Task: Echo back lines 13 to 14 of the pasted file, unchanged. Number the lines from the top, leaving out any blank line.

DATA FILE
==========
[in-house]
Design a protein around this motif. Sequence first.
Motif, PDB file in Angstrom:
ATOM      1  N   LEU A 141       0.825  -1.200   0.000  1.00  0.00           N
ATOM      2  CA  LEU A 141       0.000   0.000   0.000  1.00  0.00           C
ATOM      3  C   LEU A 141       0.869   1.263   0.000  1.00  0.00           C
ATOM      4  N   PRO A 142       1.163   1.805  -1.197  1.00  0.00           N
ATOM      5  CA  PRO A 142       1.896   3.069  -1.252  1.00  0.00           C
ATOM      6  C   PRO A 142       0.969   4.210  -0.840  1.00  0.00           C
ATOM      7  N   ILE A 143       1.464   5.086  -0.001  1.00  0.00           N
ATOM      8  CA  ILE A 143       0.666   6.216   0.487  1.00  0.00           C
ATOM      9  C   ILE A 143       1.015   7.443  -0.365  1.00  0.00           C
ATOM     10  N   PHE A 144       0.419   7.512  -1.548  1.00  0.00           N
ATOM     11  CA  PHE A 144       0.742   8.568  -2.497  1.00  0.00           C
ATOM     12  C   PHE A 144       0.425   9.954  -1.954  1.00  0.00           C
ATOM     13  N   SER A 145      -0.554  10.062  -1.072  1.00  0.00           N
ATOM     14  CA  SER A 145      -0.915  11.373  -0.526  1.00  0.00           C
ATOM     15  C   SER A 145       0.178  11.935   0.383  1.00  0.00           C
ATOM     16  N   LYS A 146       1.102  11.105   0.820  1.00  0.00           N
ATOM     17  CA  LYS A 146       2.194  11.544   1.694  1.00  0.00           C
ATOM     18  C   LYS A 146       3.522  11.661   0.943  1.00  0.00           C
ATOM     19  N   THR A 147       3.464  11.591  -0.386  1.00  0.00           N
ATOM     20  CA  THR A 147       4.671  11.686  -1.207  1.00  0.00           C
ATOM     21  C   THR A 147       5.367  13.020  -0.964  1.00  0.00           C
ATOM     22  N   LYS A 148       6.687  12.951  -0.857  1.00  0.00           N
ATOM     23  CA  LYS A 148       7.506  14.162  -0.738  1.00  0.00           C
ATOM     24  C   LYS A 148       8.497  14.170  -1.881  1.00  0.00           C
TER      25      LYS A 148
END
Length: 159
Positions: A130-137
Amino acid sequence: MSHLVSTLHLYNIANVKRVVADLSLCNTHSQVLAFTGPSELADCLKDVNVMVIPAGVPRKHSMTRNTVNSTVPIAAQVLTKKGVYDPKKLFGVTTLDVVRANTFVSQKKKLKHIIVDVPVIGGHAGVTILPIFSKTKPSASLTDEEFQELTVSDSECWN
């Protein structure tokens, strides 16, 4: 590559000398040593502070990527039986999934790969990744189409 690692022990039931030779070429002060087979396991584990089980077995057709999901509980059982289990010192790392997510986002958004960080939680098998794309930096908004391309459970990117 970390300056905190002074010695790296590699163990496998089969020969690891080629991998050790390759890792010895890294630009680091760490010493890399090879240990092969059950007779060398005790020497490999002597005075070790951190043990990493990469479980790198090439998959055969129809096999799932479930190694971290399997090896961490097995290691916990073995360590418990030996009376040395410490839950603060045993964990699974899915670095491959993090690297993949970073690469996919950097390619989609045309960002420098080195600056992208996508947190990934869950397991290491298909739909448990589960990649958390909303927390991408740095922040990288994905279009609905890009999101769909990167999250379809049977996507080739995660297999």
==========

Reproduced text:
ATOM     10  N   PHE A 144       0.419   7.512  -1.548  1.00  0.00           N
ATOM     11  CA  PHE A 144       0.742   8.568  -2.497  1.00  0.00           C